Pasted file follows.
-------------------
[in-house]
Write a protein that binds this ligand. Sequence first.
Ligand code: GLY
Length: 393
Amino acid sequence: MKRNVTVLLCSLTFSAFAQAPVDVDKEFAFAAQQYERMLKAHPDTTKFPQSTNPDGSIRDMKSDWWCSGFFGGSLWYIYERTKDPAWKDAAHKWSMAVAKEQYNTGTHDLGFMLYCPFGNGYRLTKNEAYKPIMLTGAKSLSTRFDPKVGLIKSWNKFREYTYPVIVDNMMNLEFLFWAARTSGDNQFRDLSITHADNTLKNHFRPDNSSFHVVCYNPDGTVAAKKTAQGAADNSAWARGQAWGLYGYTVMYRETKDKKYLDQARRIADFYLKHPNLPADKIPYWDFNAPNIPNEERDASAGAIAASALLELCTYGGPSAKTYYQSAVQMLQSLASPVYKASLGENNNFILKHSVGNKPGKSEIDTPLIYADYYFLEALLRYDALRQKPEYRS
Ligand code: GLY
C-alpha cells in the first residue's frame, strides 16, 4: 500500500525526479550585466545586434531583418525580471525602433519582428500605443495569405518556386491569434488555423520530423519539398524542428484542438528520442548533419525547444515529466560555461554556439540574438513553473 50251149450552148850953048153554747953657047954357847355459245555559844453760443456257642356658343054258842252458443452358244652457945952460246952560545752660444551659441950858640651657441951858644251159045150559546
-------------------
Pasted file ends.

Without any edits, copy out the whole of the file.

[in-house]
Write a protein that binds this ligand. Sequence first.
Ligand code: GLY
Length: 393
Amino acid sequence: MKRNVTVLLCSLTFSAFAQAPVDVDKEFAFAAQQYERMLKAHPDTTKFPQSTNPDGSIRDMKSDWWCSGFFGGSLWYIYERTKDPAWKDAAHKWSMAVAKEQYNTGTHDLGFMLYCPFGNGYRLTKNEAYKPIMLTGAKSLSTRFDPKVGLIKSWNKFREYTYPVIVDNMMNLEFLFWAARTSGDNQFRDLSITHADNTLKNHFRPDNSSFHVVCYNPDGTVAAKKTAQGAADNSAWARGQAWGLYGYTVMYRETKDKKYLDQARRIADFYLKHPNLPADKIPYWDFNAPNIPNEERDASAGAIAASALLELCTYGGPSAKTYYQSAVQMLQSLASPVYKASLGENNNFILKHSVGNKPGKSEIDTPLIYADYYFLEALLRYDALRQKPEYRS
Ligand code: GLY
C-alpha cells in the first residue's frame, strides 16, 4: 500500500525526479550585466545586434531583418525580471525602433519582428500605443495569405518556386491569434488555423520530423519539398524542428484542438528520442548533419525547444515529466560555461554556439540574438513553473 50251149450552148850953048153554747953657047954357847355459245555559844453760443456257642356658343054258842252458443452358244652457945952460246952560545752660444551659441950858640651657441951858644251159045150559546